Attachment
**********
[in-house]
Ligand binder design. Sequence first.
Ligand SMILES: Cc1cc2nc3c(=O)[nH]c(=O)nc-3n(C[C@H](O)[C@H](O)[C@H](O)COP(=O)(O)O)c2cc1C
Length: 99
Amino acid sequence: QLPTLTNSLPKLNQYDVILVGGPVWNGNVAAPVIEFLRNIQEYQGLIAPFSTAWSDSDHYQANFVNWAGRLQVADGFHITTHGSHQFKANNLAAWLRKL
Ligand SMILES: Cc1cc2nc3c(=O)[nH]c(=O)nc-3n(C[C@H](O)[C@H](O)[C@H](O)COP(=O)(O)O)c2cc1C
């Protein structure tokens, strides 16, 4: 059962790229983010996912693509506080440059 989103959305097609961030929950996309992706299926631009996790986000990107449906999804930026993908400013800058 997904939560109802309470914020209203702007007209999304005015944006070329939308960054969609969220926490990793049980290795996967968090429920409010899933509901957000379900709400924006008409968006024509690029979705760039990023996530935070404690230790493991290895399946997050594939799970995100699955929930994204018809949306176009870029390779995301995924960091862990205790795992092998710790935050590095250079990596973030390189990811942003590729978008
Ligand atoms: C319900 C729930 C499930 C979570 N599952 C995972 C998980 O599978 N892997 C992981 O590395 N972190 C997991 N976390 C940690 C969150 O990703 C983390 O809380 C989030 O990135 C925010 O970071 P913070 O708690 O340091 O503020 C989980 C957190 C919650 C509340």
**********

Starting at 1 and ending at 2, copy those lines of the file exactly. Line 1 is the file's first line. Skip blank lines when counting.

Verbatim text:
[in-house]
Ligand binder design. Sequence first.